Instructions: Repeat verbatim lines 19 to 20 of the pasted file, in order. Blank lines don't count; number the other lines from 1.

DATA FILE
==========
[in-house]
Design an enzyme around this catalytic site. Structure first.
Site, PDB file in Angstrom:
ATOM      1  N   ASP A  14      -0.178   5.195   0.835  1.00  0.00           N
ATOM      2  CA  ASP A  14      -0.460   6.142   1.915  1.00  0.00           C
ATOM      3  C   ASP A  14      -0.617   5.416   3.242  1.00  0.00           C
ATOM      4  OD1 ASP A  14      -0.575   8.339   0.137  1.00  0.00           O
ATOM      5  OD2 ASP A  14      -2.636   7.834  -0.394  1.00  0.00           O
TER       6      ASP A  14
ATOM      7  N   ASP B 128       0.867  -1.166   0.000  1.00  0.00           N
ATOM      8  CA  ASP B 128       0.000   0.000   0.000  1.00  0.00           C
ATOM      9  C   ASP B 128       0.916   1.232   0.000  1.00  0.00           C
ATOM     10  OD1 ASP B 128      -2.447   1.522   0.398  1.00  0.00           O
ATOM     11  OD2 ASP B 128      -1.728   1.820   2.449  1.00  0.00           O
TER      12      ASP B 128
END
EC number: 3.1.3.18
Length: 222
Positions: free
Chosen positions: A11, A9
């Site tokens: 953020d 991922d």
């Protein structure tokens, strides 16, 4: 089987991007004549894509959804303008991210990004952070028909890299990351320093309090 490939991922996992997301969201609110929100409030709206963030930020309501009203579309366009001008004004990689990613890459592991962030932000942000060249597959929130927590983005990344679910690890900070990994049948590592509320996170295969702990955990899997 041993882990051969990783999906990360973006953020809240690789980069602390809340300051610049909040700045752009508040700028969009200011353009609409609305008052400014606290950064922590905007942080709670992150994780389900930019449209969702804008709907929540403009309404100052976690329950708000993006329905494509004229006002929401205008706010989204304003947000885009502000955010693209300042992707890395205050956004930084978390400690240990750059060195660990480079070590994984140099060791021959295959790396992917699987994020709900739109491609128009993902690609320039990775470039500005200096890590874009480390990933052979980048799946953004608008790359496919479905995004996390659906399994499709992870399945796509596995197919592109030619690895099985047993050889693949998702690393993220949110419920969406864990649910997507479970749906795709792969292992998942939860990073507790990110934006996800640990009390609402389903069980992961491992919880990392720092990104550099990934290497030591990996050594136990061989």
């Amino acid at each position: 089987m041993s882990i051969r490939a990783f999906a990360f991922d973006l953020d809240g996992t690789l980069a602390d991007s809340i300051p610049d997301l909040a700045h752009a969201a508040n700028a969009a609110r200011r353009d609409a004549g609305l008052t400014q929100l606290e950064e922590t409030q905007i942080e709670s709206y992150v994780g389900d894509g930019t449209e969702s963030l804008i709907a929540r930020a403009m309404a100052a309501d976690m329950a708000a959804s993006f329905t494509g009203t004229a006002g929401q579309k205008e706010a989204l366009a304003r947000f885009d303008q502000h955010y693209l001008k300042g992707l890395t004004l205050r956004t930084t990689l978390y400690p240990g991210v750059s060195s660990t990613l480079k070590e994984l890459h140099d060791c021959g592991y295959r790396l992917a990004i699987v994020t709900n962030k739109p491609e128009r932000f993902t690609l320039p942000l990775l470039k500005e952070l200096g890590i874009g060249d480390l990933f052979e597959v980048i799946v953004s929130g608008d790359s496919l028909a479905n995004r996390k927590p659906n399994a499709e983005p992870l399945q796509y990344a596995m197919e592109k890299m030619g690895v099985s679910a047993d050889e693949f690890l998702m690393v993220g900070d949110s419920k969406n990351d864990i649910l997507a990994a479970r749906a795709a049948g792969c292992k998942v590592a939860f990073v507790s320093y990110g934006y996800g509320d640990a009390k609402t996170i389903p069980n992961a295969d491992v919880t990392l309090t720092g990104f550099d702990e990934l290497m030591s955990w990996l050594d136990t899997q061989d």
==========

Positions: free
Chosen positions: A11, A9